Luxury cars and watches among sectors facing a collision of new technology and establish firms.

Electric cars? Who wants those? Well, in the United States at least, lots of people. That is, wealthy car buyers who would normally splash out on an Audi, Porsche, BMW, Jaguar, Mercedes-Benz or Lexus.

Tesla is bragging about its hi-tech Model S outselling luxo barges from the European and Japanese car marques, with numbers last year up by over a half compared to 2014 ( whereas the traditional car makers' sales numbers drop like rocks.

Clearly there was something incredibly attractive about electric cars that drew people away from fossil fuel powered vehicles.

Now the likes of Audi and Porsche are scrambling to come out with viable electric cars of their own, but the horse might just have bolted on that one, with Tesla's mainstream offering Model 3 having received 400,000-plus pre-orders already.


Then there's the watch that whipped the lederhosen of the Swiss timekeeping industry. The Verband der Schweizerischen Uhrenindustrie umbrella organisation's latest report points to an annus horribilis for the alpine horologists, with the sales decline that started last year gathering pace.

"The scale of the downturn is also unusual, since we must go back to the crisis of 2009 to find rates of variation of this order," the Swiss watch industry federation said.


Apple Watch was launched last year, and it's no coincidence that Swiss timepiece sales have dropped since then. Analysts now expect Apple will have sold 10 to 12 million of its watches, and Swiss watchmakers are left by the wayside as they have nothing with which to compete.

Apple Watch was launched last year, and it's no coincidence that Swiss timepiece sales have dropped since then.
Apple Watch was launched last year, and it's no coincidence that Swiss timepiece sales have dropped since then.

This change of fortunes is what disruption is about, and over the last few years information technology has accelerated the pace with which it happens, with an increasing number of industries being affected.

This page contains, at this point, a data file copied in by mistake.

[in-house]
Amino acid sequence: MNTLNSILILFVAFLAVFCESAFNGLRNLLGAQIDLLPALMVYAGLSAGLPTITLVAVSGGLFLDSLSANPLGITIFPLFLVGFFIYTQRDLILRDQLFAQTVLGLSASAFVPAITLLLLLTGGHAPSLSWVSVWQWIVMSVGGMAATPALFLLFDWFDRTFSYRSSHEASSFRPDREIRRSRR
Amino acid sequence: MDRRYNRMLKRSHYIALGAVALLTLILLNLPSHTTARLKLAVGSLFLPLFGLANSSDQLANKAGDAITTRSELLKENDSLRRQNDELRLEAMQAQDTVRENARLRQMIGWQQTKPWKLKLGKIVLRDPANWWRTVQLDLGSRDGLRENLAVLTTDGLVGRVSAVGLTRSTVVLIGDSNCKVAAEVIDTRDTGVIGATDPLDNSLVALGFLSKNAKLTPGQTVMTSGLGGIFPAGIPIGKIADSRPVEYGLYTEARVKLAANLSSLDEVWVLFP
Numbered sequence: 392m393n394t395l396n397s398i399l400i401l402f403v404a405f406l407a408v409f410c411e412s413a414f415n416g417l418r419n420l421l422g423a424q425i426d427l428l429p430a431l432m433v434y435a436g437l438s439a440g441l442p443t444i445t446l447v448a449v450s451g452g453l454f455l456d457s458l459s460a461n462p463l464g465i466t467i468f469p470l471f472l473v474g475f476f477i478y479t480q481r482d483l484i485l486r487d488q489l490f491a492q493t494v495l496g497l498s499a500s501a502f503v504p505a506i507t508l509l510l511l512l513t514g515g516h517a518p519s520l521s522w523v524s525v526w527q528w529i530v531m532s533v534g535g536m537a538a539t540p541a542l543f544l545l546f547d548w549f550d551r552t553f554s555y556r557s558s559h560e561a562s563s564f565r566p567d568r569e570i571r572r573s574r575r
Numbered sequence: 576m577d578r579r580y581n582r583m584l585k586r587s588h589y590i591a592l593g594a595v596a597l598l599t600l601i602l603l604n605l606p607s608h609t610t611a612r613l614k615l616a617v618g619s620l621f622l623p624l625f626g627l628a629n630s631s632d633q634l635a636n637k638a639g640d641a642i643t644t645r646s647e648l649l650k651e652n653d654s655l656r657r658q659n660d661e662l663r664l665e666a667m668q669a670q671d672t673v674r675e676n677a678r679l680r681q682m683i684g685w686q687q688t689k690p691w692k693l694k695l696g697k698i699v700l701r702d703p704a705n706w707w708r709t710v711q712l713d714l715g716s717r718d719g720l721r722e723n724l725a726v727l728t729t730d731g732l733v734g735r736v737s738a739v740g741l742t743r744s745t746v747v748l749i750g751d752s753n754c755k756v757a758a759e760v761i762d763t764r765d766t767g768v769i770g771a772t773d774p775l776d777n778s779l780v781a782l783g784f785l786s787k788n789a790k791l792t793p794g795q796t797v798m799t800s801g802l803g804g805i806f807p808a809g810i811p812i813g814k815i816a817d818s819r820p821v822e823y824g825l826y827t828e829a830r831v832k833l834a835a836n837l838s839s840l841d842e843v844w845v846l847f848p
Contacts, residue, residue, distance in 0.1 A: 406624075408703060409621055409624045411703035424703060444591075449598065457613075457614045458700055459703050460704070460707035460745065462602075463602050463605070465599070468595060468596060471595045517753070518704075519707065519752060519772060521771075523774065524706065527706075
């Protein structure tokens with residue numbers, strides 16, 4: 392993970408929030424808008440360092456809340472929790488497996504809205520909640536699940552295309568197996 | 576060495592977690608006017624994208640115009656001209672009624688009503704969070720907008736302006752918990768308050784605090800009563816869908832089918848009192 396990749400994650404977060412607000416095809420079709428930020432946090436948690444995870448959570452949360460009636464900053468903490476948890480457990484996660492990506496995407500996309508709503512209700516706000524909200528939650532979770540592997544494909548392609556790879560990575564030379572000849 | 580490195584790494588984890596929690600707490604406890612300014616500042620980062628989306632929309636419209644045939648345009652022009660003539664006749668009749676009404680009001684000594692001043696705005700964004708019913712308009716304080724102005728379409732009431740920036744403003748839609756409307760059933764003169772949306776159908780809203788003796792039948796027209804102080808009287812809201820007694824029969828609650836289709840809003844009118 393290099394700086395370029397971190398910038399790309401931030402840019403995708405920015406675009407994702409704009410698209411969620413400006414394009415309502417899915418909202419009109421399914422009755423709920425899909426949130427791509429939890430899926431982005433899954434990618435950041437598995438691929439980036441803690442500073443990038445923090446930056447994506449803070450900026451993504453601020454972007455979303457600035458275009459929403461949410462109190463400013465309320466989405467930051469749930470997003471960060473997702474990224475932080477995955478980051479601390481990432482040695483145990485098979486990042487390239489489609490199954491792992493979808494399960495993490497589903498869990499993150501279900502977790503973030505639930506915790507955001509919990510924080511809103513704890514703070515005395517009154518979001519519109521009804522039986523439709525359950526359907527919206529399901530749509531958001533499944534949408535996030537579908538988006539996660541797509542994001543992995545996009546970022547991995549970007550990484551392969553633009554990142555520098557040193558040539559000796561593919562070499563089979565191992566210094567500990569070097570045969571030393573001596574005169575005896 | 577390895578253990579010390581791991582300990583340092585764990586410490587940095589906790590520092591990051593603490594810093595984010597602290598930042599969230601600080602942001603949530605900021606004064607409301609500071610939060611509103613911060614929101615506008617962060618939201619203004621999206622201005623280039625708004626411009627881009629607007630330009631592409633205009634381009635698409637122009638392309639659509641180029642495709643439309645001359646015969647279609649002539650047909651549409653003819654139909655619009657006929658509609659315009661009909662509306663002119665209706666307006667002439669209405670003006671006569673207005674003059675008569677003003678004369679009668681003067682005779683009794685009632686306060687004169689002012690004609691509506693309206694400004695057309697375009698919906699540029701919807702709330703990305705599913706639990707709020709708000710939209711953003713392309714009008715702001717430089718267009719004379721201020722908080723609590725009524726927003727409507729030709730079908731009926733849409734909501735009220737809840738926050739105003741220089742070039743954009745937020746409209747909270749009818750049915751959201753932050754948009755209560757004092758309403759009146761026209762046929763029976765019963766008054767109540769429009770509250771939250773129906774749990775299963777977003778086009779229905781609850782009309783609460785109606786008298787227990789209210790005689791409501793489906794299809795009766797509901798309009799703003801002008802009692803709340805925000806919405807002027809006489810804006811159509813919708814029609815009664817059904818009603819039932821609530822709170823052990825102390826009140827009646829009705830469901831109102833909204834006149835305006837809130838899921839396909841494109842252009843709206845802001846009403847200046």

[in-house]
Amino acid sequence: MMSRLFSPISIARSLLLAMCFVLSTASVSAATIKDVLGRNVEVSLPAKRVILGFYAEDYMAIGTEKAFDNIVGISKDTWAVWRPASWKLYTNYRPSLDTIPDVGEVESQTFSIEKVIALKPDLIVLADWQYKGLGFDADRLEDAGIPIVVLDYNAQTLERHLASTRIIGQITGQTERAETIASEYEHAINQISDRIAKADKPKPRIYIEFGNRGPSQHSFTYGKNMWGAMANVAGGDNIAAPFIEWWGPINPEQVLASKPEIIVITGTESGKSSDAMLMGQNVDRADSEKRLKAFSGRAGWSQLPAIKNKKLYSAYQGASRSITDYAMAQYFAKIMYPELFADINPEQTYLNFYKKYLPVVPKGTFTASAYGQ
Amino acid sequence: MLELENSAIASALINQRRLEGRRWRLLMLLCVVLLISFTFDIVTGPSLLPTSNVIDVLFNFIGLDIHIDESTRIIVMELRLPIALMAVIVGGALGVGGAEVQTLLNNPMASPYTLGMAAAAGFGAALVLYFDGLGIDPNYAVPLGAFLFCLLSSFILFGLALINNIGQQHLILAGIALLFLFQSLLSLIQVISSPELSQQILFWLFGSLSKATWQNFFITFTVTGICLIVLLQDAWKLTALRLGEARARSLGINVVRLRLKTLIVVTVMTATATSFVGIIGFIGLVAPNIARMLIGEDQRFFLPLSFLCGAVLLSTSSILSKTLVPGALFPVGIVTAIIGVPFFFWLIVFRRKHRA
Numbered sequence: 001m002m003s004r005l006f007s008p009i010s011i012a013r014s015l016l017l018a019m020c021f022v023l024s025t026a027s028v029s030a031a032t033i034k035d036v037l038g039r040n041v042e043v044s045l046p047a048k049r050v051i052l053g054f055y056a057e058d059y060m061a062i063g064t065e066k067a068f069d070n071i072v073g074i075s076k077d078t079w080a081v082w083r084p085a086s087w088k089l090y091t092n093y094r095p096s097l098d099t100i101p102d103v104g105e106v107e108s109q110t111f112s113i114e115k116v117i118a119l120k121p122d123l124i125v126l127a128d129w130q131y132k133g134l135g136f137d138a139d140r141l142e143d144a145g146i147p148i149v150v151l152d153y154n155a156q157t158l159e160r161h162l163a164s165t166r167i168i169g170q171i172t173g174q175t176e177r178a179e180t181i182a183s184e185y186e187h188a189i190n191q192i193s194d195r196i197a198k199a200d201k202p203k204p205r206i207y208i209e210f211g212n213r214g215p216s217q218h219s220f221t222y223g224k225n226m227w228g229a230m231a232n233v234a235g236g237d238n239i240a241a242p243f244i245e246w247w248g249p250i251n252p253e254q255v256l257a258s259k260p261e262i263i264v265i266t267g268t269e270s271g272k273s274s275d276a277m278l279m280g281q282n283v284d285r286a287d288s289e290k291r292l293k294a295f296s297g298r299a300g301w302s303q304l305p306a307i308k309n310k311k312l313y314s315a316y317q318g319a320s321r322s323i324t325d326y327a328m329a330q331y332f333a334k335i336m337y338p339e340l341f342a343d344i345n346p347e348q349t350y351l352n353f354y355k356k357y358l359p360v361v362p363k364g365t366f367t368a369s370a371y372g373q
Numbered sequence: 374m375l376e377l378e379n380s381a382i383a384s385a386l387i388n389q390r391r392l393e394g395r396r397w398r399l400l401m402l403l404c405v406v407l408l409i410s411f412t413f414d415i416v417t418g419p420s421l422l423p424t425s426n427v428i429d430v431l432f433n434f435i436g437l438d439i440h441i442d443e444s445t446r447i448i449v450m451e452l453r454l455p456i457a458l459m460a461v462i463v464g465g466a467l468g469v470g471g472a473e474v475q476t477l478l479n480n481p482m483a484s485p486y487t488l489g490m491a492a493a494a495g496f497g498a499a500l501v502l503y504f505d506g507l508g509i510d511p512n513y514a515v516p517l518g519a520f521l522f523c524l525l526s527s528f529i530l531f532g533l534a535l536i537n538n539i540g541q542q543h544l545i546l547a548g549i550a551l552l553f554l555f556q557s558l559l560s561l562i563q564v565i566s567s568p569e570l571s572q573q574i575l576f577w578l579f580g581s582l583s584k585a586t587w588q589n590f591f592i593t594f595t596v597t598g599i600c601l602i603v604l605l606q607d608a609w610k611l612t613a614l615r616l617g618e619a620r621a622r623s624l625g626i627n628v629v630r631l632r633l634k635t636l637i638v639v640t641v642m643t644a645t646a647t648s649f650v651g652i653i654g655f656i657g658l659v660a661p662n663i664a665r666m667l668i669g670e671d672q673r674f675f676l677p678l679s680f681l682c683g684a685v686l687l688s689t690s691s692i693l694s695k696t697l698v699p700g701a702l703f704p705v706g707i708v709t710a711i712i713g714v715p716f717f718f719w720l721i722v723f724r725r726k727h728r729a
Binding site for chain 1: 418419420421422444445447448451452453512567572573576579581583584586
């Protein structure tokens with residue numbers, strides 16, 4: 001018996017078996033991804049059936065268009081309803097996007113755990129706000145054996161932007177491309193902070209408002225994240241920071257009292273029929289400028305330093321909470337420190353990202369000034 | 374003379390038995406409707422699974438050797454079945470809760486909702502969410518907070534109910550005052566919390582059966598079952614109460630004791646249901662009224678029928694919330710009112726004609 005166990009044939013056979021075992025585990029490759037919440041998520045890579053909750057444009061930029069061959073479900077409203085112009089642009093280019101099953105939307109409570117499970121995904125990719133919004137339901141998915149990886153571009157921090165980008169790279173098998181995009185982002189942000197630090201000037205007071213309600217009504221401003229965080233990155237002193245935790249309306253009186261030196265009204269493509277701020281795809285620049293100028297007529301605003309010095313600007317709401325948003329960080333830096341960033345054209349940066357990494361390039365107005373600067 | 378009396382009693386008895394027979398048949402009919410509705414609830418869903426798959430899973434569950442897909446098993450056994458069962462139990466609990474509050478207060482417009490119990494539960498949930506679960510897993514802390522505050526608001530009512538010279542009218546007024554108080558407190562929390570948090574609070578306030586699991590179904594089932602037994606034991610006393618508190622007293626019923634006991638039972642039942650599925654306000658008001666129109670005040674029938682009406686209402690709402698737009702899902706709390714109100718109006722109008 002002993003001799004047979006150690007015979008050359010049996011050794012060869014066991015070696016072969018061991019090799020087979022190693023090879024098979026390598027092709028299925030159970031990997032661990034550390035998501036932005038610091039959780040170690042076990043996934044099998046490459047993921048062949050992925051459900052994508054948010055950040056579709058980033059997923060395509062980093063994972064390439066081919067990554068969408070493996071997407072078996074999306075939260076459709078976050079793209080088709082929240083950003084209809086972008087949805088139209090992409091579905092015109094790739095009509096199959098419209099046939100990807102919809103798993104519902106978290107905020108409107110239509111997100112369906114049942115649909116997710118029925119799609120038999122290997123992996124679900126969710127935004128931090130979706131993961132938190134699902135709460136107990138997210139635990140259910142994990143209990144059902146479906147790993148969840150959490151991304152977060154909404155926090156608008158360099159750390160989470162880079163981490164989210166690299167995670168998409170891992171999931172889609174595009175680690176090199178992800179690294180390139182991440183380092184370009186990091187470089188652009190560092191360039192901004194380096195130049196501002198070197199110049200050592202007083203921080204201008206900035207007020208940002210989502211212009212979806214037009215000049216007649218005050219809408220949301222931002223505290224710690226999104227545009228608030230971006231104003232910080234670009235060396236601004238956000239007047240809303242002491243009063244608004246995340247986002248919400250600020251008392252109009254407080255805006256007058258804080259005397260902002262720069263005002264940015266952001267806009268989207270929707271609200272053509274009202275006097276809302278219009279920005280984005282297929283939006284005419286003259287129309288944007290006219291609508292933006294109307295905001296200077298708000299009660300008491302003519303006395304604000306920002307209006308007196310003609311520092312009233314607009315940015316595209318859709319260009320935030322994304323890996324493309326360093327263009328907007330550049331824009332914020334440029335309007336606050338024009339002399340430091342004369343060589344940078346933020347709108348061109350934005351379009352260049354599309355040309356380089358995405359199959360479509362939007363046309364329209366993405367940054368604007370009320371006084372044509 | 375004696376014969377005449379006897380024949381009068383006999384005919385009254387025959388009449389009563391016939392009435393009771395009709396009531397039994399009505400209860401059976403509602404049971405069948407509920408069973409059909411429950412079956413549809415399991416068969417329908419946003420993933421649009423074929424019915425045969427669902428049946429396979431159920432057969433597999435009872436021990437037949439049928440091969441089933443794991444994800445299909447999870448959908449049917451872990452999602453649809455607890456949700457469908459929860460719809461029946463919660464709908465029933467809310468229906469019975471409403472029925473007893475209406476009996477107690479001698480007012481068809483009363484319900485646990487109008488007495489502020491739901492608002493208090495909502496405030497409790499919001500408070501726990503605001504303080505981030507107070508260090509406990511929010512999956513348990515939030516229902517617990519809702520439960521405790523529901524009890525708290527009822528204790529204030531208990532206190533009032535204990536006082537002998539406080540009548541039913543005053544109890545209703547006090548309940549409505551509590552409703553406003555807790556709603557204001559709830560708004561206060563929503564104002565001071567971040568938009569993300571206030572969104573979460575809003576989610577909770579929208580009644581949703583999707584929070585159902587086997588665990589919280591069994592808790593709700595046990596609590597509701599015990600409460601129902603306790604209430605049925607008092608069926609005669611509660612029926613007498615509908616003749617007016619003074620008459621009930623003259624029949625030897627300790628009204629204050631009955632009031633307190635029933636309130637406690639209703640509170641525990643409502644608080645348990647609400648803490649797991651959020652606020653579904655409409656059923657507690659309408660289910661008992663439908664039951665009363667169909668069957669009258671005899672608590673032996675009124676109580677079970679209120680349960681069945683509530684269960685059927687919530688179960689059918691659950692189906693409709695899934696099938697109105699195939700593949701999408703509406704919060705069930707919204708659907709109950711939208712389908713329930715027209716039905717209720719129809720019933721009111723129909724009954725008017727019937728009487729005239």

Nobody's immune to technology-borne disruption, not even tech companies themselves. Last week, Intel, the granddaddy of miniaturisation and extreme technology integration, announced it would shed 12,000 jobs worldwide. That's not because its products are rubbish - quite the contrary - but because they're not what people want, a similar situation to the luxury cars brands versus Tesla collision.

Intel probably has the collective intelligence and vision to dig themselves out of their current hole and make the necessary albeit painful changes to survive.

It should be a wake-up call for every director out there though that even Intel is feeling the squeeze, because once the decline sets in, it'll be fast and it'll be hard to reverse direction.

IT Heavy Hitters slugging it out

Next month, it's time again to watch sundry geeks and techies bash each other to bits in the boxing ring, all for a good cause and for the fun of it too.

The IT Heavy Hitters big night out is on May 7 in Wellington, and the charity boxing event is organised for the Key to Life Charitable Trust, which works with suicide prevention and awareness and mental health in New Zealand. (

Pre-sale tickets are $35 each, going up to $40 on the night at the door. It's for a good cause, so please check it out.

Mike Dawes, who organises the event, tells me he's working on debugging a major flaw with the event - namely that it's held in some place called Wellington, which I think is near Stewart Island somewhere.

Dawes said he and others are working on bringing IT Heavy Hitters to Auckland as well, which is a fantastic idea. Gloves crossed it'll happen.